I guess I’ve learned that one of my teaching (and perhaps even coaching) super powers is developing relationships.  I’ve grown to care about the students, teachers, coaches and administrators that I have worked with over the last 4 years.  I’m not going to lie, it’s going to be hard to leave.  But I also know that it’s time to build capacity in some other lucky teacher out there…

It sounds like she has a real wealth of skills and experience that she will take into her own classroom when her appointment as a coach ends.

I know that we all certainly wish her well wherever she goes.


Motorcycle Ride in El Salvador, March 2016

Over the years, I’ve come to respect and admire the photography of Peter Beens.  He’s one of those people who have all kinds of patience and does miracles with cameras that I could only dream of.  I realized I was in the wrong ball park when I was with him once with my camera that was my pride and joy and he was showing me some technique.  We stumbled upon a great photo opportunity and his comment was “I wish I had my good camera with me”.  I know that my camera didn’t measure up to whatever he currently had so I could only imagine what his good camera was like.

In this post, Peter shares some wonderful images from his trip to El Salvador captured from his point of view using a GoPro Camera.

As always, he takes so many pictures and through the “keepers” adds interest in what he sees.  The whole collection shared is worth the time to enjoy.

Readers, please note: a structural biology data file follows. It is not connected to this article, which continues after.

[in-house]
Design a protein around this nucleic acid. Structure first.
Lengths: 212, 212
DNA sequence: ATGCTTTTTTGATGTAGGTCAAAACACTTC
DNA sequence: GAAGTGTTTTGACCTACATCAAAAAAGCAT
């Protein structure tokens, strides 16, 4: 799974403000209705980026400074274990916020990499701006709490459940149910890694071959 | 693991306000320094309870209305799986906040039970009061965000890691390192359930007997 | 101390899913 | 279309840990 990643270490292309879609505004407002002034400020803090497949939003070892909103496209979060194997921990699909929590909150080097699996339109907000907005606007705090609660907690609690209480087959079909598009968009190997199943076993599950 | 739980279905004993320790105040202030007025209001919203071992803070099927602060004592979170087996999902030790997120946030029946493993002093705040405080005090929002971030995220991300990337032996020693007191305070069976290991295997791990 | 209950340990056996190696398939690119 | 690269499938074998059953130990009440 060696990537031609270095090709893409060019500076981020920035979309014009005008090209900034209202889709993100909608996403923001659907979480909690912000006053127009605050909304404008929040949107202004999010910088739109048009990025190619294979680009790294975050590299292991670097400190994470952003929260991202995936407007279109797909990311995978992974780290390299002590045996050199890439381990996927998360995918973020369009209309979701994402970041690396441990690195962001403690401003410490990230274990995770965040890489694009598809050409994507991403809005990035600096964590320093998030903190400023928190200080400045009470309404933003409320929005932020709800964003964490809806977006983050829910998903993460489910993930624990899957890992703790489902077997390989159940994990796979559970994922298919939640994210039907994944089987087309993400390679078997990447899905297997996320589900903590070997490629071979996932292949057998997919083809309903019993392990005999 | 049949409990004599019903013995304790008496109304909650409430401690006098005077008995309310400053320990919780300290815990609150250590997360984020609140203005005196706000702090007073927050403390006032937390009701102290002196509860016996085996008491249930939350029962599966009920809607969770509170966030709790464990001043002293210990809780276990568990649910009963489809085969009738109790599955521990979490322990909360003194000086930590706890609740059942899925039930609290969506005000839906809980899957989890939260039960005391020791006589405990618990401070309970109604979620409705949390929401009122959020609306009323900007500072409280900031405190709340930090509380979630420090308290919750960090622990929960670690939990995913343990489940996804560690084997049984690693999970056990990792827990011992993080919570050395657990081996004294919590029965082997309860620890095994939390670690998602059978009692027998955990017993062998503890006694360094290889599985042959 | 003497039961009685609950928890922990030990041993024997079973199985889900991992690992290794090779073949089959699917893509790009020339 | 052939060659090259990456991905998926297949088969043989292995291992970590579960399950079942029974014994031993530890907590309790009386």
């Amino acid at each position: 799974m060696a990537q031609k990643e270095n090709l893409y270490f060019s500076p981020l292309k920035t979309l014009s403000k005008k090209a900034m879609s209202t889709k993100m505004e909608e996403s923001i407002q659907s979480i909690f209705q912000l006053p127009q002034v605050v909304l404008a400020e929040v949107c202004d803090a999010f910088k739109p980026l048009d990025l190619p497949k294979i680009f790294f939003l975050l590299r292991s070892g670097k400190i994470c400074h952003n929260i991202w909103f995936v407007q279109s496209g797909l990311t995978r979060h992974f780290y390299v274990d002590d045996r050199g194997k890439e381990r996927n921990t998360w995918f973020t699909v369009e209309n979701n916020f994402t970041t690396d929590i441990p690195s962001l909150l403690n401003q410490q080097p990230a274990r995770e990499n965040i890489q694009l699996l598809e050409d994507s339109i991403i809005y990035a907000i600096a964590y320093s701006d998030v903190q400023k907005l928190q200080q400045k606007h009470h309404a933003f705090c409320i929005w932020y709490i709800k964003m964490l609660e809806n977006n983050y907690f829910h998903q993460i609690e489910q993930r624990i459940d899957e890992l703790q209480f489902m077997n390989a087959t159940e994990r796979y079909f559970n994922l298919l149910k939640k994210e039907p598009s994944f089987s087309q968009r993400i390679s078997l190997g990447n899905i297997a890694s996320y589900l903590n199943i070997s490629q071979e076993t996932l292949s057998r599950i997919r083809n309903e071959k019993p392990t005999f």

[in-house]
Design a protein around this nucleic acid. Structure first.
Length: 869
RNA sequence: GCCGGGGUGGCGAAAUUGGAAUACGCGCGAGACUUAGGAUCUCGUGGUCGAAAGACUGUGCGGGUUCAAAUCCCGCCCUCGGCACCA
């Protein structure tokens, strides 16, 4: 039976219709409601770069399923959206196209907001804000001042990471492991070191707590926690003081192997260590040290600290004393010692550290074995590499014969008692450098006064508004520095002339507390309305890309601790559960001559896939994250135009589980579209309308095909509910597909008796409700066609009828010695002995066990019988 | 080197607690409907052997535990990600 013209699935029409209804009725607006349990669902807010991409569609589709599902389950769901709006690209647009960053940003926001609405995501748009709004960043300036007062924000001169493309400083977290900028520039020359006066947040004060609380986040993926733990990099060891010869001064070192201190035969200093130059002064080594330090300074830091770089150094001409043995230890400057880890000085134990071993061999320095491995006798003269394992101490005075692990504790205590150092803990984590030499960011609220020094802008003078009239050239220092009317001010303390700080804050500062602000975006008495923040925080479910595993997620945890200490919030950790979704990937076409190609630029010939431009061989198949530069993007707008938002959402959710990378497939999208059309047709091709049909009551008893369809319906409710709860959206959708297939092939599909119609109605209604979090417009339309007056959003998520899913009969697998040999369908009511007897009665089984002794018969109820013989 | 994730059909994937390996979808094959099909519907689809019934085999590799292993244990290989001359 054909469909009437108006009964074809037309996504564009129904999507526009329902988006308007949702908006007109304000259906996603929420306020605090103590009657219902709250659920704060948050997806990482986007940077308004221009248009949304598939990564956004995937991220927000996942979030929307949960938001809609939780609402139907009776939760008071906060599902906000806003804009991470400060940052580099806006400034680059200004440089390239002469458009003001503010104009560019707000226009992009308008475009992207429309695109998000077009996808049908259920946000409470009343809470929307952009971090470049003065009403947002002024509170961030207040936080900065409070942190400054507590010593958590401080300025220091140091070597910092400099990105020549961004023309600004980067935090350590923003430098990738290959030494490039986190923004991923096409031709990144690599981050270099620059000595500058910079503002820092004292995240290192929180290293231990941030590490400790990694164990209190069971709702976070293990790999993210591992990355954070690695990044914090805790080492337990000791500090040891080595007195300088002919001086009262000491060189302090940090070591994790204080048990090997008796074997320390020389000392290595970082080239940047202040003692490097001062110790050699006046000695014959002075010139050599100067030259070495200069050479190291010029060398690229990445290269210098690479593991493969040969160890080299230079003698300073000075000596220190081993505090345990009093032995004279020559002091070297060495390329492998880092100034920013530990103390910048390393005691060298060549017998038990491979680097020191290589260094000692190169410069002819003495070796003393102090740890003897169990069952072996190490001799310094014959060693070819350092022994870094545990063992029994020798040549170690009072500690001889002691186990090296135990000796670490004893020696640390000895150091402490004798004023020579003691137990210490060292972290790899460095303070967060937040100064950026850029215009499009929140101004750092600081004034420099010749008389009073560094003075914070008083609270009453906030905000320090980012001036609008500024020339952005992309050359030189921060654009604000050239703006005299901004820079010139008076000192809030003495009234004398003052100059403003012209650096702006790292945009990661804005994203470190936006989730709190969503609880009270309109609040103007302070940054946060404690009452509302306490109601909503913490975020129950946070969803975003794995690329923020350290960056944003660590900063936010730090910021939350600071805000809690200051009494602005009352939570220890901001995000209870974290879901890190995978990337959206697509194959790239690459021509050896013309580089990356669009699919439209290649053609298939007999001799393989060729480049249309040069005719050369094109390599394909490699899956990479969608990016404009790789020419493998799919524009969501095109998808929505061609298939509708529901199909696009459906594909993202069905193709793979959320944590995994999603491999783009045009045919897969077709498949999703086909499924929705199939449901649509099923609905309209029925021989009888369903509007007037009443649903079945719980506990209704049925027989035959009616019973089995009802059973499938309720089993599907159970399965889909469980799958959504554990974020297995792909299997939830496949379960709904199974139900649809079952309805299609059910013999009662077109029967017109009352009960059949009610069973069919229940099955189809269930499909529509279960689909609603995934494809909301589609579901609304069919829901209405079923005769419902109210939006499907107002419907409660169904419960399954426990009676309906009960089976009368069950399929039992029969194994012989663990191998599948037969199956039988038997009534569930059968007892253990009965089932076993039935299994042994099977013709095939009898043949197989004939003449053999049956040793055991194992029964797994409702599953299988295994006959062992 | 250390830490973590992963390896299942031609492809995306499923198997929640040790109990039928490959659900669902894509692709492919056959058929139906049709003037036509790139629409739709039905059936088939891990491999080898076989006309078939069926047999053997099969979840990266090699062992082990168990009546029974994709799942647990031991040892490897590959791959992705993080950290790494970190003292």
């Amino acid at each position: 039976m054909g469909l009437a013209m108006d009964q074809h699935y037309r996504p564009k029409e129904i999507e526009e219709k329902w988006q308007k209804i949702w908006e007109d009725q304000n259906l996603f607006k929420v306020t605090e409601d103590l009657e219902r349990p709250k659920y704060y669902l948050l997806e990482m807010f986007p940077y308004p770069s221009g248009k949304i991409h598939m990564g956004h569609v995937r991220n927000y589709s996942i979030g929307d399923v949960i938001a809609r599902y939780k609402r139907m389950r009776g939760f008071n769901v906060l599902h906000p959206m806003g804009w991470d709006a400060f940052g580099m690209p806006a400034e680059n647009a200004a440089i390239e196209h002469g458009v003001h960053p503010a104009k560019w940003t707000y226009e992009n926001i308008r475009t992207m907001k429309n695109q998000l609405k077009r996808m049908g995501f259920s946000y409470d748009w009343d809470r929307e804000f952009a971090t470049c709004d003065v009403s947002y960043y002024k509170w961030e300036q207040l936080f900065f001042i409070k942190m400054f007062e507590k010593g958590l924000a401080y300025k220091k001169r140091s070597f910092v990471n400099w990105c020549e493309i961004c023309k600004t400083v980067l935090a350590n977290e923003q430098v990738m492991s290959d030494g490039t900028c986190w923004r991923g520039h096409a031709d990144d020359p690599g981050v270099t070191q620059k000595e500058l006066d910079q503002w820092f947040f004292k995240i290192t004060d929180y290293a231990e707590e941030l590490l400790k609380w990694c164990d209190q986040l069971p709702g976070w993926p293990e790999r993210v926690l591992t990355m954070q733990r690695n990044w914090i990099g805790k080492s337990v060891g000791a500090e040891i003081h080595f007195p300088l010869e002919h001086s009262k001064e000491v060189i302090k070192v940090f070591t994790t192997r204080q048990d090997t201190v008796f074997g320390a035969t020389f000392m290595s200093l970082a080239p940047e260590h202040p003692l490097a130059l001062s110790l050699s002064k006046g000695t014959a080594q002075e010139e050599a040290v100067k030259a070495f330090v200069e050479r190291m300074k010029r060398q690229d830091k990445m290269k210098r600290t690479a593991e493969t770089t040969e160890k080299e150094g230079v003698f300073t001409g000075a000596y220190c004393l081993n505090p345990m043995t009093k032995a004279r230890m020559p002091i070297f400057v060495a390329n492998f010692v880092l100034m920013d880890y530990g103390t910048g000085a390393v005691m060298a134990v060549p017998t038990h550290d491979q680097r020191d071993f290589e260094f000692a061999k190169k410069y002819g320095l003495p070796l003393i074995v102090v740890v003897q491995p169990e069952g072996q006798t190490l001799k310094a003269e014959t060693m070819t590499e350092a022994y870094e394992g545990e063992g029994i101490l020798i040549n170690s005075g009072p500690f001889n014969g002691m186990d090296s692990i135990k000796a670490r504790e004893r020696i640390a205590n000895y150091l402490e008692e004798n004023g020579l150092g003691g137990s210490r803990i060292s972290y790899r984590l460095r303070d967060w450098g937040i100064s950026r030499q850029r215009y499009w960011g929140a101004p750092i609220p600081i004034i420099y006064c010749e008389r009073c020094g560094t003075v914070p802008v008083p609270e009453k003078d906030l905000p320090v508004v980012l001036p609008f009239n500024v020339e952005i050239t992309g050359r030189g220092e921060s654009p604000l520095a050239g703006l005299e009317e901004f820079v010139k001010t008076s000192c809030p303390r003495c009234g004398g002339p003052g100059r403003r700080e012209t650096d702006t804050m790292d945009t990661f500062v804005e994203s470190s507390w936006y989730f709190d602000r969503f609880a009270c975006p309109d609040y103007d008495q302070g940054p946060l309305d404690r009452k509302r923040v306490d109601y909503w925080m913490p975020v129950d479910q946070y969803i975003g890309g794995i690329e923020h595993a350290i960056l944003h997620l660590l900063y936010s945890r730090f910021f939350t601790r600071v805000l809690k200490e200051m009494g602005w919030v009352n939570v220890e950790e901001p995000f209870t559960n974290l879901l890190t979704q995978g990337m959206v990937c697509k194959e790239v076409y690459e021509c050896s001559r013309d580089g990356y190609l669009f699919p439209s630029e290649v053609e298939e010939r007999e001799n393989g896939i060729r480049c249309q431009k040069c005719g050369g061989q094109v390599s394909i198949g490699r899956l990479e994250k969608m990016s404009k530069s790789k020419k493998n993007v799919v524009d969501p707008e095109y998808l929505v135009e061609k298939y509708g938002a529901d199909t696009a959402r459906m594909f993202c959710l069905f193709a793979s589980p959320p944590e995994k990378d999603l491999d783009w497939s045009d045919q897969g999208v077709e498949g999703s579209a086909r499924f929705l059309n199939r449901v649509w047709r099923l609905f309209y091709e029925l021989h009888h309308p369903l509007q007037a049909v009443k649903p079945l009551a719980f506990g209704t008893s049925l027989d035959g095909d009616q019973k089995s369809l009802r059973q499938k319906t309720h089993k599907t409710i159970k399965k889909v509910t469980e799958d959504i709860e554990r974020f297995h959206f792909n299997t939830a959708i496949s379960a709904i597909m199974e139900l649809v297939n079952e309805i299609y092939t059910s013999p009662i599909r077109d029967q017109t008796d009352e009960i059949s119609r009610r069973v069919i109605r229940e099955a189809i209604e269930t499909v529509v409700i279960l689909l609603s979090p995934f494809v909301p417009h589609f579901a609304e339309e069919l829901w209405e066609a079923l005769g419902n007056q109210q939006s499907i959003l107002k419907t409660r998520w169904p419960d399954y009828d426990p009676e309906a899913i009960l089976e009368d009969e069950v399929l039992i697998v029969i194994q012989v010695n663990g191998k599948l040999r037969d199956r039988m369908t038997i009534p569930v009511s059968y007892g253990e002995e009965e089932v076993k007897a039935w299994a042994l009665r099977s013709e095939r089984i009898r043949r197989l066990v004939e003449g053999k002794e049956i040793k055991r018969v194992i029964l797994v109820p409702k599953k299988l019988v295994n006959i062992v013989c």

My Top 10 Sketchnotes in 2016

Another skill that I wish I could have is to create sketchnotes like Sylvia Duckworth can.  Hey, I even took her workshop and failed.  But she continues to amaze with her interpretations on a topic.

In this post, she shares the top “shares” of her sketchnotes from the past year.

Sadly, “Between the Ferns” didn’t make the list so I’ll include it here.

Maybe next year.


Just Start

I’m not actually a fan of New Years’ Resolutions.  Why that day?  Usually I’m watching football and could care less about any silly resolution.

Maybe it makes sense to start on January 2?

Or, as Matthew Oldridge notes…


Manipulatives in Secondary Math

I love this post from Heather Theijsmeijer.  Everyone who teaches mathematics is looking for that magic bullet that will put students over the top.

Working with manipulatives is big in elementary schools so why not in secondary?

Heather takes a pretty comprehensive look at Algebra Tiles and how they might fit into the secondary school curriculum.  Personally, I think it’s an important look.  If students have become reliant on manipulatives in Grade 8, it seems somehow unfair to cut them off at the knees just because they’re in a different building.  And yet, there’s still the notion that they do have to learn the concepts appropriately.

Heather asks some questions that I’m sure many would like an answer to.  If you have the answer, why not drop by her blog and share it with her.